When tropical depression Agaton swept in to the Philippines from the Pacific on Jan. 13, the rain gauge in Jabonga’s new weather station could barely cope: more than 635mm fell in five days, and 1,194mm over the course of that month.
One in three people in the 24,000-strong community on the island of Mindanao had their homes flooded, and 2,800 had to be evacuated after three whole villages were completely submerged. Newly planted rice and vegetable crops were ruined, and the community is only just beginning to recover.
Torrential rain and flash floods are not unusual in Jabonga, which lies in the lee of a mountain range, but this was January and Agaton dropped three times as much rain as normal across a wide area, killing 37 people in floods and mudslides.
No one had ever seen such heavy rain before, even when Typhoon Haiyan, known locally as Yolanda, hit the south of Mindanao in November last year, devastating a large area and causing up to US$36 billion of damage.
MORE RAIN, FLOODING
Agaton was the last and most serious of a procession of unusually heavy and oddly timed rains, the village farmers said when they met last week to assess their situation and compare notes.
“It rains more heavily now and it leads to more and deeper floods,” Areneta Lampitao said. “The rain comes at different times and our farms get damaged more. You used to be able to predict the weather, but not now. Now it floods whenever there is low pressure.”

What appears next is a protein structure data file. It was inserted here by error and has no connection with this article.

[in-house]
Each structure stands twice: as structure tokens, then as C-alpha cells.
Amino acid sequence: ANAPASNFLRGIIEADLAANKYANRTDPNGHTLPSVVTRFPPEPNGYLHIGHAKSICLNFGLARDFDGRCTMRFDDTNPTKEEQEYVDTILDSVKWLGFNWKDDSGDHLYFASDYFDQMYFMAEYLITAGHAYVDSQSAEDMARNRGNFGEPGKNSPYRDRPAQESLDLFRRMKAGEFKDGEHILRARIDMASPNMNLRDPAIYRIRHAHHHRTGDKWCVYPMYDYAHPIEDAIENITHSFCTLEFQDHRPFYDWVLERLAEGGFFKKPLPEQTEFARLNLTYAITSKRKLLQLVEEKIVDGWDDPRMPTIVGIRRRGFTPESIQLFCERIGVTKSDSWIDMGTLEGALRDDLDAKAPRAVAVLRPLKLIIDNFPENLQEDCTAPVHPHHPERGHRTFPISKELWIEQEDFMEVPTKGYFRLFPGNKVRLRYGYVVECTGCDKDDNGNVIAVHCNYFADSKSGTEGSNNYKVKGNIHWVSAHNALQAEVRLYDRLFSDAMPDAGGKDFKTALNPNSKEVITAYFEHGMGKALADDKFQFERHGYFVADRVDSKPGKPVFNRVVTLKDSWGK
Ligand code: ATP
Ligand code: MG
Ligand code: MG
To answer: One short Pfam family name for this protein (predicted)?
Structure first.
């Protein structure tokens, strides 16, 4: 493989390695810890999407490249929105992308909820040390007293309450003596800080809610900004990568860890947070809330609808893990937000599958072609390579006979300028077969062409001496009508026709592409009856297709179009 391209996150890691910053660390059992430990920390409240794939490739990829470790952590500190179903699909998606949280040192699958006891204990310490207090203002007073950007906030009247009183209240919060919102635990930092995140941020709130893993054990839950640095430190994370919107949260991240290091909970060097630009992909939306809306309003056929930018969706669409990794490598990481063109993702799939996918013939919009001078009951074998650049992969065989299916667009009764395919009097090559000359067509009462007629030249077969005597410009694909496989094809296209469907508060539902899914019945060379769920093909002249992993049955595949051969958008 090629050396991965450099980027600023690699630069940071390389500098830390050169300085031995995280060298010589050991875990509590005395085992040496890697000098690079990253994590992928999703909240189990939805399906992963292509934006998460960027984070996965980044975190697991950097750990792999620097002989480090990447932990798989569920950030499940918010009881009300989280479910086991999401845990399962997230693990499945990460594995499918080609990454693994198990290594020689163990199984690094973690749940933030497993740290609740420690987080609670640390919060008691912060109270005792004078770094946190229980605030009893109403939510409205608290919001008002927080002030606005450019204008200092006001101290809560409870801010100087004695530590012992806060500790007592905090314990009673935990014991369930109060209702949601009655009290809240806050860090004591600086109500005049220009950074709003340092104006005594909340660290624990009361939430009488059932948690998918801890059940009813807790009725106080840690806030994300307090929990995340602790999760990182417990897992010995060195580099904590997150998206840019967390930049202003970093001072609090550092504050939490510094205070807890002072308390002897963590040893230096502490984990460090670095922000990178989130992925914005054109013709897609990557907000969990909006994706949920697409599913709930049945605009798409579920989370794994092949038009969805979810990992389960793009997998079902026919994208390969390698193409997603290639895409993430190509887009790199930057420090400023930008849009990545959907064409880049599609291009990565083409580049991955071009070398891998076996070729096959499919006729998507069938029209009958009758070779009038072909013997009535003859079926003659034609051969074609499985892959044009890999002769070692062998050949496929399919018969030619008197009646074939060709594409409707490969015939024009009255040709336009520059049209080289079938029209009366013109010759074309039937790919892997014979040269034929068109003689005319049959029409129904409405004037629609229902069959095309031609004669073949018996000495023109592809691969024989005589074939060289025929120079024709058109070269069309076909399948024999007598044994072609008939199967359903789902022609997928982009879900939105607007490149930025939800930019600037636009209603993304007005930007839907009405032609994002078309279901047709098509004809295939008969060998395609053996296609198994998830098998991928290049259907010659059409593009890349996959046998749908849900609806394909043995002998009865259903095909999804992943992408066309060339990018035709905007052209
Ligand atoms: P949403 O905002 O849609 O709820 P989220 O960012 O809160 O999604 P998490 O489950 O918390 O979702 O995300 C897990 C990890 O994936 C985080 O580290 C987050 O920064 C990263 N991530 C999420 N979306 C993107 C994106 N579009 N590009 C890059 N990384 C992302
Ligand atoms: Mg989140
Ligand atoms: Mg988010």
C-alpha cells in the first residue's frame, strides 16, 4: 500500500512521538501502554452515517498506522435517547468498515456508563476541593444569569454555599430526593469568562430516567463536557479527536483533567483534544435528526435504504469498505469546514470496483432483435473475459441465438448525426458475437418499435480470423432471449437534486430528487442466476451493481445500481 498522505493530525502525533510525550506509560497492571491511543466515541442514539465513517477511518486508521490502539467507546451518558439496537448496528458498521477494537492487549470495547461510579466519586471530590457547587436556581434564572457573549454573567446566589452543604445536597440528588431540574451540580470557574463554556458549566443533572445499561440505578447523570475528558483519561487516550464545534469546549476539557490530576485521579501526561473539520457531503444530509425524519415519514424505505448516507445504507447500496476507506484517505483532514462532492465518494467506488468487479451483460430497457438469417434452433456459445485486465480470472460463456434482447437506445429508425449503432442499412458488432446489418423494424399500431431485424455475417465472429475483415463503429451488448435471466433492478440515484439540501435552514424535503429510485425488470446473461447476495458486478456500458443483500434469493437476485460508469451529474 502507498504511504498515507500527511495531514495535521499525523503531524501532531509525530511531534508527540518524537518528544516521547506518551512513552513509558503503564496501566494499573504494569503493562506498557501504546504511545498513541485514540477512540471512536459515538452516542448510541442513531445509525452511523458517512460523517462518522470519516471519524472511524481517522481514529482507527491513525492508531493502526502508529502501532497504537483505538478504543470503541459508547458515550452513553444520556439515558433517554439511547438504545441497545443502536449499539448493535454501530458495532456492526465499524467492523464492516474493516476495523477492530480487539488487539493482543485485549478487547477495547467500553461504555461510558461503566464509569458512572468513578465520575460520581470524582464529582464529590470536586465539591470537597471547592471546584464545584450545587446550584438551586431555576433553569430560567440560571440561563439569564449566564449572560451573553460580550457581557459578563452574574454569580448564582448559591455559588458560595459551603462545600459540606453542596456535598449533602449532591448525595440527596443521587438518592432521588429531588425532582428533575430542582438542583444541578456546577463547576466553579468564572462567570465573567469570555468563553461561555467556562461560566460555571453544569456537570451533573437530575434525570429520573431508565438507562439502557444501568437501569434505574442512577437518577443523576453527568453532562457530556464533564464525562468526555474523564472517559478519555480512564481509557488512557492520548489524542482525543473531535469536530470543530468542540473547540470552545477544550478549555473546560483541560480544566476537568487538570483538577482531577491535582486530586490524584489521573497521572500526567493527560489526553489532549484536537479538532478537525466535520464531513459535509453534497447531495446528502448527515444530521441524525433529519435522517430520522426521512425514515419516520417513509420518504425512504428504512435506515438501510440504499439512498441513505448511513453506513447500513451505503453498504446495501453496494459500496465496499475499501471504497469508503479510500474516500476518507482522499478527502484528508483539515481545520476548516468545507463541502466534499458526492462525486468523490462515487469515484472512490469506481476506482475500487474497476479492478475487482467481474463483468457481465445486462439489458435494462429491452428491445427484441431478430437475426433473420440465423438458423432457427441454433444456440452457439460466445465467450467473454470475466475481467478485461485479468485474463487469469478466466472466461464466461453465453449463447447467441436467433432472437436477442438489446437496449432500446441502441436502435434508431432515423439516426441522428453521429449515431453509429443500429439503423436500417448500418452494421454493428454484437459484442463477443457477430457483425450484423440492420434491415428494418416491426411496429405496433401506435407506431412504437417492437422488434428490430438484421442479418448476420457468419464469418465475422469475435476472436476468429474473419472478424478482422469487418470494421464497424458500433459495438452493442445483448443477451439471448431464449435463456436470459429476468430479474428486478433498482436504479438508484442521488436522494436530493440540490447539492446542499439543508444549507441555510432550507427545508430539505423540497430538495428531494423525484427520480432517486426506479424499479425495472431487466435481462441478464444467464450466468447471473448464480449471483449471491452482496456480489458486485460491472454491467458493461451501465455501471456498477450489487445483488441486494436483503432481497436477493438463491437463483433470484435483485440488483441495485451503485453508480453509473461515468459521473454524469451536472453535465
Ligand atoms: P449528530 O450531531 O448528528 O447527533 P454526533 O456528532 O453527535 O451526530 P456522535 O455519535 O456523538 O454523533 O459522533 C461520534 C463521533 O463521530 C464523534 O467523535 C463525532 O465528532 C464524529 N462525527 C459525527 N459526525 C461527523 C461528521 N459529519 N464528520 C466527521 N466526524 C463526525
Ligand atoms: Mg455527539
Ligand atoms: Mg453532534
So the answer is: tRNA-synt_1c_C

Agaton and Yolanda are a taste of what is to come, said Alicia Ilaga, the government’s head of climate change at the Philippines’ Department of Agriculture.
“We are totally convinced that climate change is happening. Temperatures are rising everywhere. The IPCC [Intergovernmental Panel on Climate Change] suggests there will be even more aggressive Yolandas and our farming will be devastated unless we adapt,” she said.
Her analysis echoes that of the world’s climate scientists, who on Monday published the fifth assessment report on the impacts of global warming.
Drawn from thousands of studies and models conducted over the past seven years, it warns of a 3oC to 4oC rise in temperatures over the next 80 years, crop yields falling up to 25 percent, water shortages, floods, droughts and worldwide food insecurity.
The changes will take place over a century, says the study, with crop yields possibly dropping 2 percent a decade even as demand from a rapidly growing global population increases by 14 percent a decade. Crops that are highly sensitive to temperature changes, such as rice, wheat and maize, may fare worst.
It will be possible to grow new crops in northern latitudes, but farming in the tropics and sub-tropics, in places such as the Philippines, will be hit hardest, with the poorest people suffering the most because they must spend so much more of their income on food.
Regionally, the IPCC said, the vast Asian rice crop, which feeds nearly half the world’s population, will suffer badly as dry seasons become longer, nights get hotter, and rainfall patterns become increasingly erratic.
Winter wheat yields could increase in some areas because of warmer night-time temperatures and higher rainfall, but sea-level rise threatens coastal and deltaic rice production.
In addition, fishing in tropical and subtropical zones will be devastated as ocean temperatures increase and corals are damaged.